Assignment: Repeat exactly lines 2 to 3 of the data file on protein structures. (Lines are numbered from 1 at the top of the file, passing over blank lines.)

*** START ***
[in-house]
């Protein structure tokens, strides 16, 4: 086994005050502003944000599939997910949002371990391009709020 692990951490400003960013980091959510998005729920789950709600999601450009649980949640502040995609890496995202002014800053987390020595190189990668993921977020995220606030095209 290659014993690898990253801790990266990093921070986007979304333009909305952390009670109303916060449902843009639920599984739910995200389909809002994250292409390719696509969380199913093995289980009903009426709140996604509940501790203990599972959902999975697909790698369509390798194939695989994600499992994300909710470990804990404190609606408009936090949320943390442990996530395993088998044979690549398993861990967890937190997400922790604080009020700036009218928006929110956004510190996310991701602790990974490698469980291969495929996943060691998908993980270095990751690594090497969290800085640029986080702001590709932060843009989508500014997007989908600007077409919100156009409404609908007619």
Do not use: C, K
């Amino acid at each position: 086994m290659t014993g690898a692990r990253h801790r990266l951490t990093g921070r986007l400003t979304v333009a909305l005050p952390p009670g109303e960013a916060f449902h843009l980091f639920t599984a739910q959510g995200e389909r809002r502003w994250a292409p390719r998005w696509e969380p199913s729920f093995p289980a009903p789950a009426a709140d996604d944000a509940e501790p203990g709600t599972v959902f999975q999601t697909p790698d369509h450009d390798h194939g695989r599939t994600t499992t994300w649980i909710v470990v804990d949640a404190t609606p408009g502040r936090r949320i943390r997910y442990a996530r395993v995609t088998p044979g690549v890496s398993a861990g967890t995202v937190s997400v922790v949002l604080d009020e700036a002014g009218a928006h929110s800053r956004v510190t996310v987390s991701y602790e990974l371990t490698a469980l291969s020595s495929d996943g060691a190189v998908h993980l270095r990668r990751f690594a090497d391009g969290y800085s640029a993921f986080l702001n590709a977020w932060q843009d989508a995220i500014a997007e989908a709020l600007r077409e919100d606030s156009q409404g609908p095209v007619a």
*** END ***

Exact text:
């Protein structure tokens, strides 16, 4: 086994005050502003944000599939997910949002371990391009709020 692990951490400003960013980091959510998005729920789950709600999601450009649980949640502040995609890496995202002014800053987390020595190189990668993921977020995220606030095209 290659014993690898990253801790990266990093921070986007979304333009909305952390009670109303916060449902843009639920599984739910995200389909809002994250292409390719696509969380199913093995289980009903009426709140996604509940501790203990599972959902999975697909790698369509390798194939695989994600499992994300909710470990804990404190609606408009936090949320943390442990996530395993088998044979690549398993861990967890937190997400922790604080009020700036009218928006929110956004510190996310991701602790990974490698469980291969495929996943060691998908993980270095990751690594090497969290800085640029986080702001590709932060843009989508500014997007989908600007077409919100156009409404609908007619």
Do not use: C, K